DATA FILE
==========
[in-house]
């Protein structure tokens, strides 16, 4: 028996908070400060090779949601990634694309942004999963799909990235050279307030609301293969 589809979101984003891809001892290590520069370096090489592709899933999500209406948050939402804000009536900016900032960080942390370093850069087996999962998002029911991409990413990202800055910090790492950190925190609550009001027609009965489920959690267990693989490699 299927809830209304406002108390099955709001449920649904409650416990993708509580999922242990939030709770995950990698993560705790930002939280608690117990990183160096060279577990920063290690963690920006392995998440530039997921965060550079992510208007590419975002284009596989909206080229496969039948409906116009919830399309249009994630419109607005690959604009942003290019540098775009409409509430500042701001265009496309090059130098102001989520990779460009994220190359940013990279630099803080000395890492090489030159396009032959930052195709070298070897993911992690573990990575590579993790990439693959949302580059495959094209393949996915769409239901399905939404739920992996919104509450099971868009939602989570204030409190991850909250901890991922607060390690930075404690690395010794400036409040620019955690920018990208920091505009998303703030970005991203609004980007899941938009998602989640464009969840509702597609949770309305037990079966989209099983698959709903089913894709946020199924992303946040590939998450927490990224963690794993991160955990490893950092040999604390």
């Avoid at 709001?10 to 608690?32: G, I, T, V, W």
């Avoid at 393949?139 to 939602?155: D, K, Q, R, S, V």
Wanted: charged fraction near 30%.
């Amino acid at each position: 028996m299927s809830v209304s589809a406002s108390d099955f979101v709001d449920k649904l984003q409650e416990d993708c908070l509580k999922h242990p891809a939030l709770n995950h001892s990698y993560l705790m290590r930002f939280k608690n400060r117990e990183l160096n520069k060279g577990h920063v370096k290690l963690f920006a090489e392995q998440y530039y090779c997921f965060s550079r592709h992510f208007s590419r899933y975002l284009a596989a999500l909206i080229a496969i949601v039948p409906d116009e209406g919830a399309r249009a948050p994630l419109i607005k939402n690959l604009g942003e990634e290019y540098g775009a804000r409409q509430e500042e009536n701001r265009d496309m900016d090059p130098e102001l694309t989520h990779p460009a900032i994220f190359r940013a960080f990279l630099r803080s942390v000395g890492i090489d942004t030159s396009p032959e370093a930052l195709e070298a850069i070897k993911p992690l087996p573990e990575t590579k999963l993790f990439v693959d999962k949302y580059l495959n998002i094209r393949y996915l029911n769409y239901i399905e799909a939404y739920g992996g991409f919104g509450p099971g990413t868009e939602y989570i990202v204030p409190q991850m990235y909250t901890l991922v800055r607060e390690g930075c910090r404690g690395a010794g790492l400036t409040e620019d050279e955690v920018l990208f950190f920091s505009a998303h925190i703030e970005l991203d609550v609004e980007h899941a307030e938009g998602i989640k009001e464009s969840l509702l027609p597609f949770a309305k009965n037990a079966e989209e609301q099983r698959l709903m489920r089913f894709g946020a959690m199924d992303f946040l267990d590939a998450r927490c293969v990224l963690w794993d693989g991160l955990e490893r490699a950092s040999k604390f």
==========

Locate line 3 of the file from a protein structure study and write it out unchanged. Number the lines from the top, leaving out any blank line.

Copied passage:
């Avoid at 709001?10 to 608690?32: G, I, T, V, W």